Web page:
When installing Artificial Grass, the secret to its longevity is establishing a solid sub-base. This can involve a lot of work. However, with concrete, you may already have an excellent sub-base ready to install the artificial grass on to. This has two very important benefits: Firstly, the back-breaking groundworks are already complete (the most physical aspect of installing artificial grass is the groundworks stage). Typically, with a standard artificial grass installation, the existing grass must remove either by hand or by using a turf cutter. And secondly, not only will it save you work, but it’s also going to help you financially as well. Therefore, one of the major advantages of installing artificial grass on concrete is that its’s relatively quick and inexpensive to do.
We at Nice Backyard always advice using a professional to install artificial grass as sour experience will result in a better finish. However, it is reasonably quick and easy to install artificial grass on concrete and if you have some DIY ability, you should be able to carry out an installation yourself.
Here are our steps to help you along the way:
Prepare first the tools and materials that will be needed such as Stiff Broom, Garden Hose, Stanley Knife (along with lots of sharp blades), Filling knife or stripping knife (to spread artificial grass adhesive), Artificial Grass, Foam Underlay, Artificial Grass Glue and Joining Tape.
Step 1 – Clean Existing Concrete
You’ll need to prepare the existing concrete. In most cases a foam underlay will be all that’s needed to go under your grass. Before this is installed, we strongly recommend to thoroughly clean the concrete, so the artificial grass adhesive will properly bond with the concrete. It’s also a good idea to remove moss and weeds. If weeds are a problem with your existing concrete, we recommend applying a weed killer. Your concrete can be hosed and/or brushed with a stiff broom too. Once it’s clean, you’ll need to allow the concrete to completely dry before moving on to the next step.
Step 2 – Install Drainage Holes If Required
To assess how well water drains off it, cleaning your concrete or paving is also a good opportunity. If the water disappears without puddling, you can move onto the next step, if it doesn’t, you’ll need to drill drainage holes where the puddles form. This will ensure you won’t have standing water after a downpour.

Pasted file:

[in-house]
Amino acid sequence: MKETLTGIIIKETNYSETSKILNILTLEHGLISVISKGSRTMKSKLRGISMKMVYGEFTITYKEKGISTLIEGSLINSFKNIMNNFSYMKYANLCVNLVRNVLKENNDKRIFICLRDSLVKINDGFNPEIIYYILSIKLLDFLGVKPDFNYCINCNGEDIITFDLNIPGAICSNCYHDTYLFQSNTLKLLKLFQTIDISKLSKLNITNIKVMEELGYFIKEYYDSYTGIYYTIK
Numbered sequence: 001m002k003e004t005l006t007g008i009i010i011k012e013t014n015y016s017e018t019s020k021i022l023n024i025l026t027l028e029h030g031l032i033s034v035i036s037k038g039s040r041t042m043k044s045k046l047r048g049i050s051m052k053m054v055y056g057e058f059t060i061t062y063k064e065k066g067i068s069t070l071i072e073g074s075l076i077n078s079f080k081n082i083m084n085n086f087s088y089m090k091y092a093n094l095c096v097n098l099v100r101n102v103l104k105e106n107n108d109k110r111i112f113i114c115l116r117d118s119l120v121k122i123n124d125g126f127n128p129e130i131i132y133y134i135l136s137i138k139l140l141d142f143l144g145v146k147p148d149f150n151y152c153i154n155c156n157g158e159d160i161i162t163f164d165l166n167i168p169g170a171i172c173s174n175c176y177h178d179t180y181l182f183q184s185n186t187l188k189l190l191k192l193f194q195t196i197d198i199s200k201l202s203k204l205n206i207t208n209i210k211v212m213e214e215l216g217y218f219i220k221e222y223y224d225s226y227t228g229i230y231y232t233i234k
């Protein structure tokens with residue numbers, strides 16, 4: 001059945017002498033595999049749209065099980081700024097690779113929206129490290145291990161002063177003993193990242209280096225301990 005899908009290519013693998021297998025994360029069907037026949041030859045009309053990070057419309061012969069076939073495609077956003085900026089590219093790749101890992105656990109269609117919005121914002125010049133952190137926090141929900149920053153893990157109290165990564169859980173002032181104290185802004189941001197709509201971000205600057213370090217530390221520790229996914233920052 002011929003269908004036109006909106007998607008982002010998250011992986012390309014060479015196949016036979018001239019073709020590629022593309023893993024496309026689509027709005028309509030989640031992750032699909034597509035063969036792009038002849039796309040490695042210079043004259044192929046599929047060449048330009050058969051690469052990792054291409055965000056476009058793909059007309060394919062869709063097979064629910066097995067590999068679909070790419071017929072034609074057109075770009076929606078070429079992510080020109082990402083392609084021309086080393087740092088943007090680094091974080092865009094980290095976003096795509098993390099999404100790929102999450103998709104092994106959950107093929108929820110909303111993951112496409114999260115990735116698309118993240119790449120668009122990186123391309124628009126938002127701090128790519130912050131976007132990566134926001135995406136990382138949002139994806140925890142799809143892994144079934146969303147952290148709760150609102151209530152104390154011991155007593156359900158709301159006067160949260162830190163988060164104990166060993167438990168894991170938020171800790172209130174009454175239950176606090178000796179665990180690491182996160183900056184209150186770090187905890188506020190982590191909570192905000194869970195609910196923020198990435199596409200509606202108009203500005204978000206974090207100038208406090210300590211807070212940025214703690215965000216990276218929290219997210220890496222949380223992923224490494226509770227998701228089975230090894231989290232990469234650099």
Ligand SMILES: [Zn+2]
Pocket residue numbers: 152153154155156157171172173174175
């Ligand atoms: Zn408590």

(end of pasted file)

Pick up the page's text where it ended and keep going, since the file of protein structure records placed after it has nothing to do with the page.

Step 3 – Install Artificial Grass Foam Underlay
Once your concrete or paving has thoroughly dried, starting at one end of the concrete, and ensuring the foam goes right up to the edge, roll out the first piece of foam and cut to the required shape. You’ll find it easiest to cut all the foam and lay it into position before you begin to glue anything. Secure all the pieces of foam together, using masking tape. Once the foam has been cut to shape and taped up, you can begin the gluing process. Using a filling knife or stripping knife, apply the adhesive to the concrete or paving and if water will be draining off your concrete or paving, rather than through drainage holes, you’ll want to leave gaps in your gluing to allow water to escape. It’s very important that the concrete is completely dry when you do this, to ensure the adhesive bonds properly.
Step 4 – Cut Grass to Size and Prepare Joints
Roll out the first piece of artificial grass, ensuring it covers the foam. If you have joints, you’ll need to trim three stiches off the edge of each piece of grass, to form an invisible join. Remember, do all your cutting before you attempt to glue anything. Don’t attempt to glue the joints down directly to the foam, as each piece will move independently when you walk over the new lawn and this will make the joints visible and the easiest way to complete this step is to just glue the joints at this stage and then leave the glue to go off, before gluing the perimeter.
Step 5 – Secure the Perimeter with
Now that any joints have been secured, you’ll be able to fold back the grass at the edges and apply a layer of glue to the entire lawn perimeter. Ensure that the glue runs continuously along every part of the perimeter, without leaving any gaps. These gaps will be potential weaknesses where it may be possible to lift the grass. To ensure the grass and foam bond sufficiently, it’s advisable to stay off the grass for the next couple of hours, to prevent the fake grass from moving around underfoot.
Step 6 – Add Silica Sand and Brush your Grass
To finish, we recommend adding a sand infill this will help dissipate heat and prevent the artificial fibers from becoming hot. Once the sand infill has been installed, you can then brush the grass with a stiff broom. Every artificial grass has a very slight pile direction and this step should be done by brushing into the pile, which will lift the fibers.
Now you can enjoy and admire the result of your newly Synthetic Grass lawn.
Please click this link to see our Synthetic Grass Products: https://nicebackyard.com/nice/product-category/synthetic-grass/